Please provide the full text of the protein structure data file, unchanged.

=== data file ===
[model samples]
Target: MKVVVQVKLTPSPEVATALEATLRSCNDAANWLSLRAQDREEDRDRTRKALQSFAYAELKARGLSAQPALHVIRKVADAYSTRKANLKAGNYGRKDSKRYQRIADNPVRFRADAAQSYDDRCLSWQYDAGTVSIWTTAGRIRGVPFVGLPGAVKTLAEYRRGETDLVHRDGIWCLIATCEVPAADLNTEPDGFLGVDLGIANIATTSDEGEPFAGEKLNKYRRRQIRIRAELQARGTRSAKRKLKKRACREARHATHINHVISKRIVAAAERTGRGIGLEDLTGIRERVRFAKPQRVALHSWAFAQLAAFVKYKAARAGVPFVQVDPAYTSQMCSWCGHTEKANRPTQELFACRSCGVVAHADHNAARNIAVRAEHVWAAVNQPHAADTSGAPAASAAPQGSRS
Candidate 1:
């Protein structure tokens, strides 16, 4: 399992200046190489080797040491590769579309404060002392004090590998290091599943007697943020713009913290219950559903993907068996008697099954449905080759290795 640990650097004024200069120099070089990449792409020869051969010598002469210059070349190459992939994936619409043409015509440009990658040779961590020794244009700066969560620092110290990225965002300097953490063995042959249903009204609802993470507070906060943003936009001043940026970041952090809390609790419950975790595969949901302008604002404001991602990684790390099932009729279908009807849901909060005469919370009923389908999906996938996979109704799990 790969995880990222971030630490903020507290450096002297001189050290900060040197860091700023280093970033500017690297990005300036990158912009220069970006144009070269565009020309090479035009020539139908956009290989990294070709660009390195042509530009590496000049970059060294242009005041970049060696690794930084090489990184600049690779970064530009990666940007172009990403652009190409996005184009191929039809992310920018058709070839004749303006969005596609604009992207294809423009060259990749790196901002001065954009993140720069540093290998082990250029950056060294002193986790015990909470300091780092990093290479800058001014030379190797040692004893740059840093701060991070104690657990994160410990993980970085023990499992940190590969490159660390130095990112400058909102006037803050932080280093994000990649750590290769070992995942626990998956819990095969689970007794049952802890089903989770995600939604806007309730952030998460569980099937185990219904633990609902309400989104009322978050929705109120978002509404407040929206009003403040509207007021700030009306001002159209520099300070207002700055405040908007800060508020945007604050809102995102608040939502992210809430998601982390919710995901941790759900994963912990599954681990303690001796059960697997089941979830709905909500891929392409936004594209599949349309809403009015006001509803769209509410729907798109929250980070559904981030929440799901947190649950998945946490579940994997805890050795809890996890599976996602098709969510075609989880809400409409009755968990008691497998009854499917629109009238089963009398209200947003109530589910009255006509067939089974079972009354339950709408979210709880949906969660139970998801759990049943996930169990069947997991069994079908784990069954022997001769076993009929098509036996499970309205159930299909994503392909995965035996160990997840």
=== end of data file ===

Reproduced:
[model samples]
Target: MKVVVQVKLTPSPEVATALEATLRSCNDAANWLSLRAQDREEDRDRTRKALQSFAYAELKARGLSAQPALHVIRKVADAYSTRKANLKAGNYGRKDSKRYQRIADNPVRFRADAAQSYDDRCLSWQYDAGTVSIWTTAGRIRGVPFVGLPGAVKTLAEYRRGETDLVHRDGIWCLIATCEVPAADLNTEPDGFLGVDLGIANIATTSDEGEPFAGEKLNKYRRRQIRIRAELQARGTRSAKRKLKKRACREARHATHINHVISKRIVAAAERTGRGIGLEDLTGIRERVRFAKPQRVALHSWAFAQLAAFVKYKAARAGVPFVQVDPAYTSQMCSWCGHTEKANRPTQELFACRSCGVVAHADHNAARNIAVRAEHVWAAVNQPHAADTSGAPAASAAPQGSRS
Candidate 1:
């Protein structure tokens, strides 16, 4: 399992200046190489080797040491590769579309404060002392004090590998290091599943007697943020713009913290219950559903993907068996008697099954449905080759290795 640990650097004024200069120099070089990449792409020869051969010598002469210059070349190459992939994936619409043409015509440009990658040779961590020794244009700066969560620092110290990225965002300097953490063995042959249903009204609802993470507070906060943003936009001043940026970041952090809390609790419950975790595969949901302008604002404001991602990684790390099932009729279908009807849901909060005469919370009923389908999906996938996979109704799990 790969995880990222971030630490903020507290450096002297001189050290900060040197860091700023280093970033500017690297990005300036990158912009220069970006144009070269565009020309090479035009020539139908956009290989990294070709660009390195042509530009590496000049970059060294242009005041970049060696690794930084090489990184600049690779970064530009990666940007172009990403652009190409996005184009191929039809992310920018058709070839004749303006969005596609604009992207294809423009060259990749790196901002001065954009993140720069540093290998082990250029950056060294002193986790015990909470300091780092990093290479800058001014030379190797040692004893740059840093701060991070104690657990994160410990993980970085023990499992940190590969490159660390130095990112400058909102006037803050932080280093994000990649750590290769070992995942626990998956819990095969689970007794049952802890089903989770995600939604806007309730952030998460569980099937185990219904633990609902309400989104009322978050929705109120978002509404407040929206009003403040509207007021700030009306001002159209520099300070207002700055405040908007800060508020945007604050809102995102608040939502992210809430998601982390919710995901941790759900994963912990599954681990303690001796059960697997089941979830709905909500891929392409936004594209599949349309809403009015006001509803769209509410729907798109929250980070559904981030929440799901947190649950998945946490579940994997805890050795809890996890599976996602098709969510075609989880809400409409009755968990008691497998009854499917629109009238089963009398209200947003109530589910009255006509067939089974079972009354339950709408979210709880949906969660139970998801759990049943996930169990069947997991069994079908784990069954022997001769076993009929098509036996499970309205159930299909994503392909995965035996160990997840």